I’ve written here a number of times about new developments in energy storage technology. Improvements in this area are of great importance, both to facilitate the use of renewable energy sources (because the wind does not always blow, nor does the sun always shine), and to improve the performance and range of electric vehicles.
The “Physics arXiv Blog” at Technology Review has an article reporting on some new research aimed at improving the performance of lithium batteries. These batteries have become very common in contemporary portable electronic gadgets, such as laptop computers, cellular phones, and music players. In this kind of application, they perform well, and are a significant improvement on the nickle-cadmium (NiCd) battery technology used earlier. But they still are marginal as the power source for vehicles: they have trouble delivering enough power quickly enough.
A significant part of the problem is attributable to just one element of the battery: the cathode.
The problem lies with the cathodes in these batteries. The specific capacities of the anode materials in lithium batteries are 370 mAh/g for graphite and 4200 mAh/g for silicon. By contrast, the cathode specific capacities are 170 mAh/g for LiFePO4 [lithium iron phosphate] and only 150mAh/g for layered oxides.
This limits the amount of current that the battery can deliver.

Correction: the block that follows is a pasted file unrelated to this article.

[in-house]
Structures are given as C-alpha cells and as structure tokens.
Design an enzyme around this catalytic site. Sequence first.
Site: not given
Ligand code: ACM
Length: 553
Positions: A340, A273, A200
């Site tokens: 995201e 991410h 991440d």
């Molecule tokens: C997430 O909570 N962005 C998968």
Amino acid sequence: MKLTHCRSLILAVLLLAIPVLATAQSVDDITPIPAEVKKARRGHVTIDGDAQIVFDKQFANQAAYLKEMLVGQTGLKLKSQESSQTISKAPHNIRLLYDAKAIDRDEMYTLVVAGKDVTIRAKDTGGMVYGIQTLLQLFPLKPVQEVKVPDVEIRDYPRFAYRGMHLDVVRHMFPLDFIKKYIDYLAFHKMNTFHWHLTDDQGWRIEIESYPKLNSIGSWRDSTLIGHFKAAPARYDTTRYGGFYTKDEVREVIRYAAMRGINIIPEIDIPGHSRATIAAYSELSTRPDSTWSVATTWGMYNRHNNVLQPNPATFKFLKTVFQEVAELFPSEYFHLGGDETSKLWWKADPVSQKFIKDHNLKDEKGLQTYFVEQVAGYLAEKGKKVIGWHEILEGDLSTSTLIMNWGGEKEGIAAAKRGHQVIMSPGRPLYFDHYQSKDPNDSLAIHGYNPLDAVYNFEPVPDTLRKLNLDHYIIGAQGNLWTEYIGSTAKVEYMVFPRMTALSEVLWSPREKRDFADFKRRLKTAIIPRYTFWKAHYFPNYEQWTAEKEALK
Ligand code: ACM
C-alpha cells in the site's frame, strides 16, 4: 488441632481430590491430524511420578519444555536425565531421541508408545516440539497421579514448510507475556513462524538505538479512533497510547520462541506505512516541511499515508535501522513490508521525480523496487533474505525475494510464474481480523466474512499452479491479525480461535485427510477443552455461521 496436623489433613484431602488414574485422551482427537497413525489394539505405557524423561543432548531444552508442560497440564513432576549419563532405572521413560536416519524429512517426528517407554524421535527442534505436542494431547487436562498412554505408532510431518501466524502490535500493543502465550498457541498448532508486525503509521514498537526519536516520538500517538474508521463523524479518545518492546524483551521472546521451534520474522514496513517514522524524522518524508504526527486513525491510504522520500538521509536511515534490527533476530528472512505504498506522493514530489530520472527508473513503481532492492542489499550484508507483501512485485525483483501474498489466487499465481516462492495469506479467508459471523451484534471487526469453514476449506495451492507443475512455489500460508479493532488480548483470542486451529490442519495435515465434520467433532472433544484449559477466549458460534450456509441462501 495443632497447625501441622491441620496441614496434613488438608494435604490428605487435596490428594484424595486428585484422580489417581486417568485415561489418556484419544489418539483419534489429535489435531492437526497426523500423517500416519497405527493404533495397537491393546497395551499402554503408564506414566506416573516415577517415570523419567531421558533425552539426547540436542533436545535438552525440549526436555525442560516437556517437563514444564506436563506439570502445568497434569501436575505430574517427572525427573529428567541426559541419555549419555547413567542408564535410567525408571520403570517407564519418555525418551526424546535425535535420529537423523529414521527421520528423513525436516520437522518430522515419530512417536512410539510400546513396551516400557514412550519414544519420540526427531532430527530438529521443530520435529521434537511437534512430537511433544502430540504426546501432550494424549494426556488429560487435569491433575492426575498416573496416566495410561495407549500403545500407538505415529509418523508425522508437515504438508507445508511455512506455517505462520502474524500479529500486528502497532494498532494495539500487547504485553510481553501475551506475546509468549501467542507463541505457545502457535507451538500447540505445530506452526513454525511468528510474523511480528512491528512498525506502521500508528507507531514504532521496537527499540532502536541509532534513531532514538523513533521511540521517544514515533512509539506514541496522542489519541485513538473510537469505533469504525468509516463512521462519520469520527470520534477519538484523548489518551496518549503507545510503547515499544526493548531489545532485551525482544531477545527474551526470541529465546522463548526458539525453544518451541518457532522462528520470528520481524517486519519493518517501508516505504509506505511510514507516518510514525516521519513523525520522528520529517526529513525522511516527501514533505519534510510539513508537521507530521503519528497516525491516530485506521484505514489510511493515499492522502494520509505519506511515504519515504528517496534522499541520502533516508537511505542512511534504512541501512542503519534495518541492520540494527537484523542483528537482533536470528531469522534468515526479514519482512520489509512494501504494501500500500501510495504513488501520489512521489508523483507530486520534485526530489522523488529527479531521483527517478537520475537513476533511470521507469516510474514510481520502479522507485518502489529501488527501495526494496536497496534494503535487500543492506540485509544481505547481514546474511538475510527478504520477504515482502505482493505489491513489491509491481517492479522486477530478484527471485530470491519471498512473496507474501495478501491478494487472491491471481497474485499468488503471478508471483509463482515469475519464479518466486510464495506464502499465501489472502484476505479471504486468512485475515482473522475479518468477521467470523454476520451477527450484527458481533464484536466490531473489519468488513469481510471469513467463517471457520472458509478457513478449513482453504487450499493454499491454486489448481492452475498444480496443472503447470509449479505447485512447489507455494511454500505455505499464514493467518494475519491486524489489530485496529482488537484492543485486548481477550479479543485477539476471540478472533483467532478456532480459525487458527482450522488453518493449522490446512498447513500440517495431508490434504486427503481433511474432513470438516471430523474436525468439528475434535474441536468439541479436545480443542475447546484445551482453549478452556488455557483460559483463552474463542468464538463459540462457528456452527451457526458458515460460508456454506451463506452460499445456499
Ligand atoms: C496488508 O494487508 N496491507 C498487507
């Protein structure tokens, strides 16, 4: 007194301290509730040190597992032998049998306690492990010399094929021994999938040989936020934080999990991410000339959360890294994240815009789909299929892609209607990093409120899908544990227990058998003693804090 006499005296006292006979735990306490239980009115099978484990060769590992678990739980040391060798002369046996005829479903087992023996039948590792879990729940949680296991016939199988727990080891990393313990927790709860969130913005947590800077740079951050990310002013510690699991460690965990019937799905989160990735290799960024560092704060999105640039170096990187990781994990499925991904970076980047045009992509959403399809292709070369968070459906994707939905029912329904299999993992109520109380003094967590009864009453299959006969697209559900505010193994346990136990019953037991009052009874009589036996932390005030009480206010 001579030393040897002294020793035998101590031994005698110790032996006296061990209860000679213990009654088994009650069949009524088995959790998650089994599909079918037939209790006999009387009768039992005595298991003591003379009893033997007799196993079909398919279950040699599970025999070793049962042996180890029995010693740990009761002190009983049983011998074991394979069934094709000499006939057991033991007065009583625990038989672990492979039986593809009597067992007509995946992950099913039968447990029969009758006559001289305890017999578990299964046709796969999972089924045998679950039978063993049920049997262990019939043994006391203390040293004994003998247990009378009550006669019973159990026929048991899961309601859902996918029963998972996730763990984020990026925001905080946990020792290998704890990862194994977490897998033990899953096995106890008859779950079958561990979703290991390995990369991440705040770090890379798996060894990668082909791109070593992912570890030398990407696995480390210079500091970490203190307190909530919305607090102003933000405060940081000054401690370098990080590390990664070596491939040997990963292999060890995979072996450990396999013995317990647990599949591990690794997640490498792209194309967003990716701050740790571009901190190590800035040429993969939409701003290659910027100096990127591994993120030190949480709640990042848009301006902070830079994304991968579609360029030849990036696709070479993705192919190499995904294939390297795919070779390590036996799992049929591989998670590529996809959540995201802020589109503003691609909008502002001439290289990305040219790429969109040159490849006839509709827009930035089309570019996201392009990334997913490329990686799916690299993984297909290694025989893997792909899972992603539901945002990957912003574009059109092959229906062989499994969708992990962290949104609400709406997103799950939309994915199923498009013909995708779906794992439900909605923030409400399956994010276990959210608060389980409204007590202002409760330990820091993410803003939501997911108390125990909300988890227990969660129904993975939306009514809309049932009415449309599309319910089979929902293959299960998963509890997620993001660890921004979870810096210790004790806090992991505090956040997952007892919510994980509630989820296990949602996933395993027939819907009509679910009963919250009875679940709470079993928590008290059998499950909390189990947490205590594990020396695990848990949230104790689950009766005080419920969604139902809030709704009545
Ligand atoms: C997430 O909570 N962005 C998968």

A team at Stanford University, led by Hailiang Wang, has used some clever nanoengineering to adapt sulfur for use as a cathode material. Though sulfur has some attractive theoretical properties, there are problems with its physical integrity when used in electrodes; moreover, sulfur does not conduct electricity very well.
The researchers addressed these problems by a two-part process. First, they create sub-micron (micrometre, or 1.0 × 10-6 meter) sulfur particles coated with polyethylene glycol [PEG], which prevents the material from washing away in the cell electrolyte. Next, they “wrap” the particles in a cage of graphene (a particular form of carbon, which has also been used to make high-speed transistors and, more recently, integrated circuits). The combination of carbon and sulfur improves both the electrical conductivity and physical integrity of the electrode material.
Although there is still significant work to be done before the technology can be used to make batteries for real-world applications, the initial results are encouraging.
The result is a cathode that retains a specific capacity of more than 600 mAh/g over 100 charging cycles.
This represents about a four-fold increase compared to current cathode technology, though longevity of the material is still not as good as one would like. Still, it is encouraging that we are seeing positive results from research on so many different aspects of battery technology.
The Stanford team’s paper is available at the arXiv.org site [abstract, full PDF download available].